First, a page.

Policy Matters: Primers and Insights

An Introduction to Negotiated Rulemaking for Higher Education

How stakeholders come together with the federal government to influence, and provide expertise on, the implementation and execution of regulations.

Last Updated: January 22, 2024


Negotiated Rulemaking (Neg Reg) for higher education is the U.S. Department of Education (“the Department”) process used to develop proposed federal regulations or rules for implementing elements of the Higher Education Act (“HEA”). The HEA is a federal law enacted in 1965 and reauthorized in 2008 that governs the administration of federal higher education programs, such as federal financial aid. 

While the Department can publish certain proposed regulations without going through the negotiated rulemaking process, in most cases, they are required by law to use negotiated rulemaking to develop proposed regulations for all programs authorized under Title IV (federal financial aid funds) and teacher quality enhancement of the Higher Education Act. This legislative requirement tied to Title IV makes the rulemaking process at the Department of Education more frequently used than at other federal agencies, who can also employ Neg Reg. While the Education Secretary can waive this requirement if “impracticable, unnecessary, or contrary to the public interest”, the Department usually abides by this rule. It is important to note that the Department also coordinates negotiated rulemaking around regulatory areas which may not be required by law. 

This process matters to institutions of higher education because there are regulations being created on a regular basis that directly impact their operations. If institutions do not follow these regulations, institutions can be penalized in a number of ways, including requiring institutions to pay significant fees, requiring institutions to reimburse student tuition, or denying institutions the ability to participate in Title IV. Examples of regulations that have gone through the Neg Reg process include the recent Pell Grants for Prison Education Programs and the refined requirements regarding “regular and substantive interaction” that distinguish a distance education course from a correspondence course.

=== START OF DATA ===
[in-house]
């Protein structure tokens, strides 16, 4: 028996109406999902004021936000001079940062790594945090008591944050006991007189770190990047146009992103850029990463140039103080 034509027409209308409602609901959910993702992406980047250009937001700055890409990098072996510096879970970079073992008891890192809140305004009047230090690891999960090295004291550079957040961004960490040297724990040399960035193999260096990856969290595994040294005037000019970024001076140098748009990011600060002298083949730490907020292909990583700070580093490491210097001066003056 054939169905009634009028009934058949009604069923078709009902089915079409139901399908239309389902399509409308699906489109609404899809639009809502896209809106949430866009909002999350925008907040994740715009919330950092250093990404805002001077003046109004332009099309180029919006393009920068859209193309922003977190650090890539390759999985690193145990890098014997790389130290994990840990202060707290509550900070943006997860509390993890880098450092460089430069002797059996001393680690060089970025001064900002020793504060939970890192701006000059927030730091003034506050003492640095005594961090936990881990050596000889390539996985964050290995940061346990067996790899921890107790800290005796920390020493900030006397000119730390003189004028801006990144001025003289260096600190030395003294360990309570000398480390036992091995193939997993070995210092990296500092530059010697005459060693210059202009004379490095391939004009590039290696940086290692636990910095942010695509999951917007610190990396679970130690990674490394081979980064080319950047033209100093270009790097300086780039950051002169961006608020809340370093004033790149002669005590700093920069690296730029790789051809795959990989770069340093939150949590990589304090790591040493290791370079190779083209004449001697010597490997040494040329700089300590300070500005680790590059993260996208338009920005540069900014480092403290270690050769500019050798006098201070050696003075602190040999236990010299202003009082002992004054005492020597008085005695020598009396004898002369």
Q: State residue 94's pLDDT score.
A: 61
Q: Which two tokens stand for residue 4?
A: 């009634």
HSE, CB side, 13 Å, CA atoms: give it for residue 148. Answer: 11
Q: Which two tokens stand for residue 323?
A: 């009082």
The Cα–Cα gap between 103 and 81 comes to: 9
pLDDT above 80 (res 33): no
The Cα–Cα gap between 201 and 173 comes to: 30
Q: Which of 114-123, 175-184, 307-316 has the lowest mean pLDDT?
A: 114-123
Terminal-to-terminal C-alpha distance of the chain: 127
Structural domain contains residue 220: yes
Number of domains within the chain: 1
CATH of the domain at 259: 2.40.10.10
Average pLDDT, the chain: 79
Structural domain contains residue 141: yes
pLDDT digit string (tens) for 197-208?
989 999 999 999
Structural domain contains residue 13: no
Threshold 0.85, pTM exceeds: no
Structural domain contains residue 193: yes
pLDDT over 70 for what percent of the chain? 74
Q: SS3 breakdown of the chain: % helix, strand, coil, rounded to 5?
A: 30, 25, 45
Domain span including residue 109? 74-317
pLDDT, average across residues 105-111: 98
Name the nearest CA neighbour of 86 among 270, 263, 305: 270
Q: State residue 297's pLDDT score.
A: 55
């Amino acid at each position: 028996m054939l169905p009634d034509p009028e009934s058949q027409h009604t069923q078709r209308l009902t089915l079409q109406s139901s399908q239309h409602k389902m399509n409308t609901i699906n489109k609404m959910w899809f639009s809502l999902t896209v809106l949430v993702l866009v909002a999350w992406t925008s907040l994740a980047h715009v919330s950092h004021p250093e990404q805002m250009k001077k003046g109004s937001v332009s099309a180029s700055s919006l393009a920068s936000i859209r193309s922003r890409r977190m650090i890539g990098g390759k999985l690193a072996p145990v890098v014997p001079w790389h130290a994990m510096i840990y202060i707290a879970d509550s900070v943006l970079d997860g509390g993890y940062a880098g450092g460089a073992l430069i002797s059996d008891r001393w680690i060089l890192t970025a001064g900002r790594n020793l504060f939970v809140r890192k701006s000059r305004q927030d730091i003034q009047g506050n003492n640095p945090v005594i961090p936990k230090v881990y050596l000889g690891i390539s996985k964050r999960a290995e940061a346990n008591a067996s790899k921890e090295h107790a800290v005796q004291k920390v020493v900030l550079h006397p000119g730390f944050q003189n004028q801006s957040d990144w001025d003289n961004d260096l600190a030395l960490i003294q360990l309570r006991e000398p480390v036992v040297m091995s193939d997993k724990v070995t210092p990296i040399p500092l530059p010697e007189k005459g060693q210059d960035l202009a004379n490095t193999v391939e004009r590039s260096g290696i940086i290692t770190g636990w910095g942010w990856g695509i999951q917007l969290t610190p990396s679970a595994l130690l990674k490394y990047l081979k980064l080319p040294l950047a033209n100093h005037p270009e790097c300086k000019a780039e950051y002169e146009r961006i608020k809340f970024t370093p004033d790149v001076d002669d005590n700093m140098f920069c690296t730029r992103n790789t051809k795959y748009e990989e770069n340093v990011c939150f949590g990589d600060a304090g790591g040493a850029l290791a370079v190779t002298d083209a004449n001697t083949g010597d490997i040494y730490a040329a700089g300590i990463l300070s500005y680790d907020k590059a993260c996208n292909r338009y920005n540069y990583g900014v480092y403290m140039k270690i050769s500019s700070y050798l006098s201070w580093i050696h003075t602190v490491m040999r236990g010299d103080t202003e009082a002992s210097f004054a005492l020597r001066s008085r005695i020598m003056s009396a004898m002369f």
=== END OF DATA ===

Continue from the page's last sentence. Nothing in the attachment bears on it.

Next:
General Timeline and What Occurs During Neg Reg 

When the Department plans to undergo negotiated rulemaking, it publishes a Notice in the Federal Register, which is the US government’s official daily publication for rules, proposed rules, and notices of Federal agencies and organizations, as well as executive orders and other presidential documents. This notice announces a public meeting(s) for feedback or advice on the issues to be negotiated. After receiving feedback from the public, the Department publishes the list of issues that the Neg Reg committee will address in another Notice in the Federal Register. Additional items to be negotiated may also be added to the agenda during the first Neg Reg meeting, subject to approval by the full committee. The first action the committee must take is to finalize the agenda. 

The Neg Reg committee typically meets for three sessions over the course of three months (1 session/month). Each committee session generally lasts four days. However, despite these general guidelines, it’s important to note that this is all flexible and variable. Everything from the number of sessions to the length of the sessions to the time in between sessions may vary depending on the issues being negotiated. Neg Reg does not adhere to a fixed calendar date or specific timeline and may take months, or even years to complete. The public is notified of important dates once the Neg Reg kicks off in order to ensure transparency in the process.